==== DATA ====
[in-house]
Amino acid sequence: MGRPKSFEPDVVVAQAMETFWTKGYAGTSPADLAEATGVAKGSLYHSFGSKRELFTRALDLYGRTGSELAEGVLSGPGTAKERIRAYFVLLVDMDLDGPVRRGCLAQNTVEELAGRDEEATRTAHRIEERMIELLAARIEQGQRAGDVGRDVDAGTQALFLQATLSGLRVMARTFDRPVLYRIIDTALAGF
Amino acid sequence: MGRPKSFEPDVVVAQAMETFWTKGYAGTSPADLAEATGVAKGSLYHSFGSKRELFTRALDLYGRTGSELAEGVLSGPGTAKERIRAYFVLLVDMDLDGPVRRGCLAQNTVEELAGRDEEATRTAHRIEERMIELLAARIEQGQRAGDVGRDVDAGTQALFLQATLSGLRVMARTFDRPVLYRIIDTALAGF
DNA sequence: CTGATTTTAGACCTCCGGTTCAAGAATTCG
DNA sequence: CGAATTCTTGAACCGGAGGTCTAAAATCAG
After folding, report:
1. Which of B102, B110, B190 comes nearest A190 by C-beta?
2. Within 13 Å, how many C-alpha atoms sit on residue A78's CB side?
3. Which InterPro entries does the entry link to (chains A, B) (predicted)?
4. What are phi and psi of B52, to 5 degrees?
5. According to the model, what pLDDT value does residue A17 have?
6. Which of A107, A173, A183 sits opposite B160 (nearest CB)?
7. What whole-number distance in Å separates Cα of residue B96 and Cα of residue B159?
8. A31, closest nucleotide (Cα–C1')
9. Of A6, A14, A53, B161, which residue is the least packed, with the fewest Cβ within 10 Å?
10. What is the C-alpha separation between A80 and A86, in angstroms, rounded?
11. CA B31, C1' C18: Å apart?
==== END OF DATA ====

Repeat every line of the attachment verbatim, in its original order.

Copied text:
[in-house]
Amino acid sequence: MGRPKSFEPDVVVAQAMETFWTKGYAGTSPADLAEATGVAKGSLYHSFGSKRELFTRALDLYGRTGSELAEGVLSGPGTAKERIRAYFVLLVDMDLDGPVRRGCLAQNTVEELAGRDEEATRTAHRIEERMIELLAARIEQGQRAGDVGRDVDAGTQALFLQATLSGLRVMARTFDRPVLYRIIDTALAGF
Amino acid sequence: MGRPKSFEPDVVVAQAMETFWTKGYAGTSPADLAEATGVAKGSLYHSFGSKRELFTRALDLYGRTGSELAEGVLSGPGTAKERIRAYFVLLVDMDLDGPVRRGCLAQNTVEELAGRDEEATRTAHRIEERMIELLAARIEQGQRAGDVGRDVDAGTQALFLQATLSGLRVMARTFDRPVLYRIIDTALAGF
DNA sequence: CTGATTTTAGACCTCCGGTTCAAGAATTCG
DNA sequence: CGAATTCTTGAACCGGAGGTCTAAAATCAG
After folding, report:
1. Which of B102, B110, B190 comes nearest A190 by C-beta?
2. Within 13 Å, how many C-alpha atoms sit on residue A78's CB side?
3. Which InterPro entries does the entry link to (chains A, B) (predicted)?
4. What are phi and psi of B52, to 5 degrees?
5. According to the model, what pLDDT value does residue A17 have?
6. Which of A107, A173, A183 sits opposite B160 (nearest CB)?
7. What whole-number distance in Å separates Cα of residue B96 and Cα of residue B159?
8. A31, closest nucleotide (Cα–C1')
9. Of A6, A14, A53, B161, which residue is the least packed, with the fewest Cβ within 10 Å?
10. What is the C-alpha separation between A80 and A86, in angstroms, rounded?
11. CA B31, C1' C18: Å apart?